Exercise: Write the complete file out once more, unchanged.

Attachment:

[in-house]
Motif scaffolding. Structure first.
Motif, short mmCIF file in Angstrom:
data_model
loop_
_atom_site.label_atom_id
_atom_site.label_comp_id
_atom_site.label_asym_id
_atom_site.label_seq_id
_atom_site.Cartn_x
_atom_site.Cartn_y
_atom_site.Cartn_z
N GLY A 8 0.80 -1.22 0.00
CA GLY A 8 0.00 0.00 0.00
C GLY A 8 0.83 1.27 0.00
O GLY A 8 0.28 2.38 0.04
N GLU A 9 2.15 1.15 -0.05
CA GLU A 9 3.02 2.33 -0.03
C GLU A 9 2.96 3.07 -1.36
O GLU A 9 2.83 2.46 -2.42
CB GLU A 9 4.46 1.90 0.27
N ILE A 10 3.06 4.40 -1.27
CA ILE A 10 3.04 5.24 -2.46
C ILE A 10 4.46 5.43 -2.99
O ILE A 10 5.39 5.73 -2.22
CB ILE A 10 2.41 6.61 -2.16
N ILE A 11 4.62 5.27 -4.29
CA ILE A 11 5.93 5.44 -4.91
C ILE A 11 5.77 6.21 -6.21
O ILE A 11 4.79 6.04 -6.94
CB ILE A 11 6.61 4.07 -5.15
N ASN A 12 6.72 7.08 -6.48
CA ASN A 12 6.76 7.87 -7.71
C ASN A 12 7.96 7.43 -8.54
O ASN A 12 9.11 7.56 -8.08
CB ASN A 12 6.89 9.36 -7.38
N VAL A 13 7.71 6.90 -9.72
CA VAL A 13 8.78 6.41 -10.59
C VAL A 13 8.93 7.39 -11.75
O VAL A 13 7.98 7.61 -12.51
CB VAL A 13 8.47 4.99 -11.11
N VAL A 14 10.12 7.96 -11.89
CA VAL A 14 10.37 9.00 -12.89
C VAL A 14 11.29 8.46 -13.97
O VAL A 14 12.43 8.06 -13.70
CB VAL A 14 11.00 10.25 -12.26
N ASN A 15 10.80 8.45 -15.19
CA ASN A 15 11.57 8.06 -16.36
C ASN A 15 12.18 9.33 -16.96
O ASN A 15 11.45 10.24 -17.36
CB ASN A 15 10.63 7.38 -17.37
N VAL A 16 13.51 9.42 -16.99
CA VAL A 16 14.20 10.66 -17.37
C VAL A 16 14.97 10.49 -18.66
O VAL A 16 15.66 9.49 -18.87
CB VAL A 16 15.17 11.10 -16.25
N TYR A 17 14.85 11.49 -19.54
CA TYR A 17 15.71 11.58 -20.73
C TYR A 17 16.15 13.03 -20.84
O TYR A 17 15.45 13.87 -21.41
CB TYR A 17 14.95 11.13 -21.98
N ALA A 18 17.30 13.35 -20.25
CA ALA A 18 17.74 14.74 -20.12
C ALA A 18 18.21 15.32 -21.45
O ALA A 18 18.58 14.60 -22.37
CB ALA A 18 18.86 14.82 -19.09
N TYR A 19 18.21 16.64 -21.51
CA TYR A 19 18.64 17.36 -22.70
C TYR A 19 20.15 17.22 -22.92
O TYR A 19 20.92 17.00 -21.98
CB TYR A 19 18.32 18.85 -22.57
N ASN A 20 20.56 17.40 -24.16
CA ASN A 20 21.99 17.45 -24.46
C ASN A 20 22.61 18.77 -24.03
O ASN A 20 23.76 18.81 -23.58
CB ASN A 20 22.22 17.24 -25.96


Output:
[in-house]
Motif scaffolding. Structure first.
Motif, short mmCIF file in Angstrom:
data_model
loop_
_atom_site.label_atom_id
_atom_site.label_comp_id
_atom_site.label_asym_id
_atom_site.label_seq_id
_atom_site.Cartn_x
_atom_site.Cartn_y
_atom_site.Cartn_z
N GLY A 8 0.80 -1.22 0.00
CA GLY A 8 0.00 0.00 0.00
C GLY A 8 0.83 1.27 0.00
O GLY A 8 0.28 2.38 0.04
N GLU A 9 2.15 1.15 -0.05
CA GLU A 9 3.02 2.33 -0.03
C GLU A 9 2.96 3.07 -1.36
O GLU A 9 2.83 2.46 -2.42
CB GLU A 9 4.46 1.90 0.27
N ILE A 10 3.06 4.40 -1.27
CA ILE A 10 3.04 5.24 -2.46
C ILE A 10 4.46 5.43 -2.99
O ILE A 10 5.39 5.73 -2.22
CB ILE A 10 2.41 6.61 -2.16
N ILE A 11 4.62 5.27 -4.29
CA ILE A 11 5.93 5.44 -4.91
C ILE A 11 5.77 6.21 -6.21
O ILE A 11 4.79 6.04 -6.94
CB ILE A 11 6.61 4.07 -5.15
N ASN A 12 6.72 7.08 -6.48
CA ASN A 12 6.76 7.87 -7.71
C ASN A 12 7.96 7.43 -8.54
O ASN A 12 9.11 7.56 -8.08
CB ASN A 12 6.89 9.36 -7.38
N VAL A 13 7.71 6.90 -9.72
CA VAL A 13 8.78 6.41 -10.59
C VAL A 13 8.93 7.39 -11.75
O VAL A 13 7.98 7.61 -12.51
CB VAL A 13 8.47 4.99 -11.11
N VAL A 14 10.12 7.96 -11.89
CA VAL A 14 10.37 9.00 -12.89
C VAL A 14 11.29 8.46 -13.97
O VAL A 14 12.43 8.06 -13.70
CB VAL A 14 11.00 10.25 -12.26
N ASN A 15 10.80 8.45 -15.19
CA ASN A 15 11.57 8.06 -16.36
C ASN A 15 12.18 9.33 -16.96
O ASN A 15 11.45 10.24 -17.36
CB ASN A 15 10.63 7.38 -17.37
N VAL A 16 13.51 9.42 -16.99
CA VAL A 16 14.20 10.66 -17.37
C VAL A 16 14.97 10.49 -18.66
O VAL A 16 15.66 9.49 -18.87
CB VAL A 16 15.17 11.10 -16.25
N TYR A 17 14.85 11.49 -19.54
CA TYR A 17 15.71 11.58 -20.73
C TYR A 17 16.15 13.03 -20.84
O TYR A 17 15.45 13.87 -21.41
CB TYR A 17 14.95 11.13 -21.98
N ALA A 18 17.30 13.35 -20.25
CA ALA A 18 17.74 14.74 -20.12
C ALA A 18 18.21 15.32 -21.45
O ALA A 18 18.58 14.60 -22.37
CB ALA A 18 18.86 14.82 -19.09
N TYR A 19 18.21 16.64 -21.51
CA TYR A 19 18.64 17.36 -22.70
C TYR A 19 20.15 17.22 -22.92
O TYR A 19 20.92 17.00 -21.98
CB TYR A 19 18.32 18.85 -22.57
N ASN A 20 20.56 17.40 -24.16
CA ASN A 20 21.99 17.45 -24.46
C ASN A 20 22.61 18.77 -24.03
O ASN A 20 23.76 18.81 -23.58
CB ASN A 20 22.22 17.24 -25.96